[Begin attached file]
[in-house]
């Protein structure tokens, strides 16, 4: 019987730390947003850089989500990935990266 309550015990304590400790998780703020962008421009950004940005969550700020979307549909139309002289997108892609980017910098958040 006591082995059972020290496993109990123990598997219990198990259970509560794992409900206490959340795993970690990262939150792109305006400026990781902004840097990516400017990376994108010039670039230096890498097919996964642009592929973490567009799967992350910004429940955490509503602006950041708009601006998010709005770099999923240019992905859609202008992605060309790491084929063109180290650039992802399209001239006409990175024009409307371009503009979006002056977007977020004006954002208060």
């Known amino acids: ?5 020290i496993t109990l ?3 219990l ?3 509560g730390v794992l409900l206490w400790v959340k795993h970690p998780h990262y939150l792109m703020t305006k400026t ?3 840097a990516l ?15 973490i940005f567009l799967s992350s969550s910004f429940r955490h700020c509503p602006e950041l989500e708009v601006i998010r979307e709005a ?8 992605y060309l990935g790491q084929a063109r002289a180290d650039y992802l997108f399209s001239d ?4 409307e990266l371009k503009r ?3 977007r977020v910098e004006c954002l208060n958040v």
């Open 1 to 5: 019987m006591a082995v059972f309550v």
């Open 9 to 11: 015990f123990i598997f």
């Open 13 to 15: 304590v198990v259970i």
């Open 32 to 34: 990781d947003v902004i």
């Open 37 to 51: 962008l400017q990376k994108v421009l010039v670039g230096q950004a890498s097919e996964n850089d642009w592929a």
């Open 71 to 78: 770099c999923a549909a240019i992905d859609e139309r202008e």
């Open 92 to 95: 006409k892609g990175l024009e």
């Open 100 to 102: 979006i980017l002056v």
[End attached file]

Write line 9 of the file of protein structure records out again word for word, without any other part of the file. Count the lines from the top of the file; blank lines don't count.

């Open 71 to 78: 770099c999923a549909a240019i992905d859609e139309r202008e």